House Ear Institute

From Wikipedia, the free encyclopedia
Jump to: navigation, search

The House Ear Institute (HEI), now known as House Research Institute, is a non-profit 501(c)(3) organization, based in Los Angeles, California, and dedicated to advancing hearing science through research and education to improve quality of life. Established in 1946 by Howard P. House, M.D.,[1] as the Los Angeles Foundation of Otology, and later renamed for its founder, the House Research Institute has been engaged in the scientific exploration of the auditory system from the ear canal to the cortex of the brain for over 62 years.

Institute scientists investigate hearing loss and ear disease at the cellular and molecular level, as well as the complex neurological interactions between the auditory system and the brain. They are also working to improve hearing aids and auditory implants, diagnostics, clinical treatments, and intervention methods. House researchers work with House Clinic physicians to integrate medicine and science through clinical and research trials that may directly benefit patients.

The Institute shares its knowledge with the scientific and medical communities as well as the general public through its education and outreach programs. Previously House Clinic physicians volunteered their time to teach specialty courses in the House Ear Institute's professional education programs, attended by more than 22,000 doctors and research fellows since 1946. Through one and two week surgical temporal bone courses, thousands of doctors from every continent have come to study ear surgery. To date, over 22,000 doctors have received training in their facilities.[citation needed]

At its height, the House Research Institute's five-story facility accommodated more than 180 researchers and administrators within 22 departments. The growth of its research studies led to the construction of the Institute's new Wallis Annenberg Research Center that was completed in 2007.

Since 1946, the House Research Institute has led the way in defining the causes of hearing and balance disorders, improving medical/surgical procedures and prosthetic devices. The Institute's discoveries have helped millions of people receive successful treatments.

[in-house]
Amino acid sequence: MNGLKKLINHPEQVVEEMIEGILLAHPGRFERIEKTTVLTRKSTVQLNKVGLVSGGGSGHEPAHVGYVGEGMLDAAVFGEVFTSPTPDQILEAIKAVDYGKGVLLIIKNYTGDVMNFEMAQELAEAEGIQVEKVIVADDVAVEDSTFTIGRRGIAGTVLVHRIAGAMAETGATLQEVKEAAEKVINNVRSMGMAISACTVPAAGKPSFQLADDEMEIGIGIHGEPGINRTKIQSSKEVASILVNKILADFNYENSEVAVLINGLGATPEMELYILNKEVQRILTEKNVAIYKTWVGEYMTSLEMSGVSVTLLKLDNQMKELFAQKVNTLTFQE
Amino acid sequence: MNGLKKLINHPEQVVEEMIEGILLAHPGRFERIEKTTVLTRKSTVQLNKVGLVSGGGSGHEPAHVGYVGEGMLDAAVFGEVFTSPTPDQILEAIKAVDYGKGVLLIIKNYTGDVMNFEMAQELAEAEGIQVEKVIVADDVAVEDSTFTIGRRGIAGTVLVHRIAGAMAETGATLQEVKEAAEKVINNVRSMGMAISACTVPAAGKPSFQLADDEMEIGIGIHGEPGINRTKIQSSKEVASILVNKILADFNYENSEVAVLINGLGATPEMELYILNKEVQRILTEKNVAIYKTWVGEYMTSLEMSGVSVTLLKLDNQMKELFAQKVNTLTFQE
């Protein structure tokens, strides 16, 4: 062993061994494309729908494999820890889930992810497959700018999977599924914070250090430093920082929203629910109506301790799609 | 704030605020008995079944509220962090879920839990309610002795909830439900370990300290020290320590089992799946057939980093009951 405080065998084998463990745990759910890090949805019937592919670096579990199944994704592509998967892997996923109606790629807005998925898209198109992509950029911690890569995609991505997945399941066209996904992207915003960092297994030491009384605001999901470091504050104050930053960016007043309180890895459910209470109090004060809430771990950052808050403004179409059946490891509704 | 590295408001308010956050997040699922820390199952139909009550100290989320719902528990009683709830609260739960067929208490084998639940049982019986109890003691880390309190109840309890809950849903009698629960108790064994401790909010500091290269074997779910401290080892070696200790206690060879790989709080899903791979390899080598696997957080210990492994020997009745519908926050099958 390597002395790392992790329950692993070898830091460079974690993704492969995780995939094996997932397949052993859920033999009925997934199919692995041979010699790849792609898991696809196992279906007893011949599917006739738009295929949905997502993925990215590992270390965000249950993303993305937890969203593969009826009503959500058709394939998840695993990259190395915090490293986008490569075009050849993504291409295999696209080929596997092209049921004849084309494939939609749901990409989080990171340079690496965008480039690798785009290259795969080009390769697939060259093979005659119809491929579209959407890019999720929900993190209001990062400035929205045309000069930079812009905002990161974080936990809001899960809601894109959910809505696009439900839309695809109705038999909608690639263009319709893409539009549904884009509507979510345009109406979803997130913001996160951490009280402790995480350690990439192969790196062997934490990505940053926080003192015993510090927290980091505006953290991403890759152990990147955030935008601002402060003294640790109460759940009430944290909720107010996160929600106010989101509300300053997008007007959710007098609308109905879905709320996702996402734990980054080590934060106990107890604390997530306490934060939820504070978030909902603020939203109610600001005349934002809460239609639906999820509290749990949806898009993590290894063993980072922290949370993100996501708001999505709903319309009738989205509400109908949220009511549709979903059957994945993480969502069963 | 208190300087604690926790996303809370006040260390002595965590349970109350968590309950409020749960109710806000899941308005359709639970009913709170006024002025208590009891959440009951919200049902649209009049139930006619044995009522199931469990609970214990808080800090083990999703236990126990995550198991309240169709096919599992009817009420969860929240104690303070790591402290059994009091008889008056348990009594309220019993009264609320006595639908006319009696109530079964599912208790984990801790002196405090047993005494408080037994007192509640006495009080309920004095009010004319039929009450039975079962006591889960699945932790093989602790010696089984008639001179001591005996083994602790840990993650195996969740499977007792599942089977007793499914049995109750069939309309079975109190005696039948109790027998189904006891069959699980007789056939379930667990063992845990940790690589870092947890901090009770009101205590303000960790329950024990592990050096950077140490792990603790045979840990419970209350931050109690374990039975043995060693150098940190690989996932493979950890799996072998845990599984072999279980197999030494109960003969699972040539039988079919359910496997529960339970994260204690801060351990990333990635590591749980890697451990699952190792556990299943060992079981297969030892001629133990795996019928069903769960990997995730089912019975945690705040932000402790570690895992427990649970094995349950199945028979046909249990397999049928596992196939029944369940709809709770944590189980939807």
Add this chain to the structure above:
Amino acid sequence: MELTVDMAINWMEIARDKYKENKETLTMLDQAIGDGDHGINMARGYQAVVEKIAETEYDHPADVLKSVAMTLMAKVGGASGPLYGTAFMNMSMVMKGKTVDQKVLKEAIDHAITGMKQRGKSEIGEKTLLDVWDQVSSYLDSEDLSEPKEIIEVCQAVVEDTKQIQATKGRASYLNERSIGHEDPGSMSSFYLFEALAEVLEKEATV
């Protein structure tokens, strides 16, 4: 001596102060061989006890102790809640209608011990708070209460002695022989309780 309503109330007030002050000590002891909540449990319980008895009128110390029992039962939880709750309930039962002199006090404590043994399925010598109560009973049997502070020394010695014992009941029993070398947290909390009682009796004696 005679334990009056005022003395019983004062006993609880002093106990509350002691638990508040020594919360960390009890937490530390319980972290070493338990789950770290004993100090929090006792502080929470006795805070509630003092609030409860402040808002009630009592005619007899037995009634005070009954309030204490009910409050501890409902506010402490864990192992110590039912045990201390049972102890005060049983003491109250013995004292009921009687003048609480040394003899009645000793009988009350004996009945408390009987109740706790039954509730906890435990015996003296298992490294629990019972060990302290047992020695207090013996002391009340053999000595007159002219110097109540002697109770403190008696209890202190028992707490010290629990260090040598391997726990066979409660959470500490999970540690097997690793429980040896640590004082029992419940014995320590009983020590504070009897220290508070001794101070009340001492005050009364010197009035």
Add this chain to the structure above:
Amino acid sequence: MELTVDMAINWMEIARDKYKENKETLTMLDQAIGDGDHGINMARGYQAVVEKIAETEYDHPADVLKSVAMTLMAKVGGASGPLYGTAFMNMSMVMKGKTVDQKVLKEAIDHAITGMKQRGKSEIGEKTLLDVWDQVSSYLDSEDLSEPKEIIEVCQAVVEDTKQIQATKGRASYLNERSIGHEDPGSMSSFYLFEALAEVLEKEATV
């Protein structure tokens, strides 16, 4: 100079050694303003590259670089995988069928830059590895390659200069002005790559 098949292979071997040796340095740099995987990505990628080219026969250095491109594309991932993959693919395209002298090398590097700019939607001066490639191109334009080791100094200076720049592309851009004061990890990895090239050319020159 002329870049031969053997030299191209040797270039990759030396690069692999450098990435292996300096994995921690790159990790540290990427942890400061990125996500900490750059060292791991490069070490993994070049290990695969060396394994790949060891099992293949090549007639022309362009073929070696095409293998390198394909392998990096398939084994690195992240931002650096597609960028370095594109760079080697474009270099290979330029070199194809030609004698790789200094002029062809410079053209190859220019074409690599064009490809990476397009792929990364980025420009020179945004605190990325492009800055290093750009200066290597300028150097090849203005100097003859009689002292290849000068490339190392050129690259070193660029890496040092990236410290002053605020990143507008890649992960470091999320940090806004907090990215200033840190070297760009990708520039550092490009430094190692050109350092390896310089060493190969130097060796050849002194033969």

In 1969, William F. House, M.D.—brother of Howard—implanted the first three patients with the cochlear implant at House Ear Institute. Since then, the Los Angeles-based House Research Institute had grown into the world's foremost private research institute for otology and hearing science.[citation needed]

House Research Institute's historical advancements in hearing sciences include the development of the first clinically useful cochlear implant and auditory brainstem implant as well as the introduction of the first the middle cranial fossa and then the translabyrinthine approach for removal of acoustic neuromas. The translabyrinthine approach uses the operating microscope and reduced mortality rates from 40% (in California) to less than 1%. It has also developed a variety of diagnostic tests, including the Hearing In Noise Test (HINT), the first hearing test that measures an individual's functional hearing ability in everyday environments where background noise is present (see also: King-Kopetzky syndrome), the ABaer screening device for detecting hearing loss in infants, and the Stacked ABR, a highly accurate screening device to detect the presence or absence of acoustic neuromas.

The House Research Institute has closed as of June 2014.

References[edit]

  1. ^ Woo, Elaine (December 12, 2012). "Dr. William F. House dies at 89; championed cochlear implant". Los Angeles Times. Retrieved December 26, 2012. 

External links[edit]


Coordinates: 34°03′45″N 118°16′25″W / 34.0626°N 118.2736°W / 34.0626; -118.2736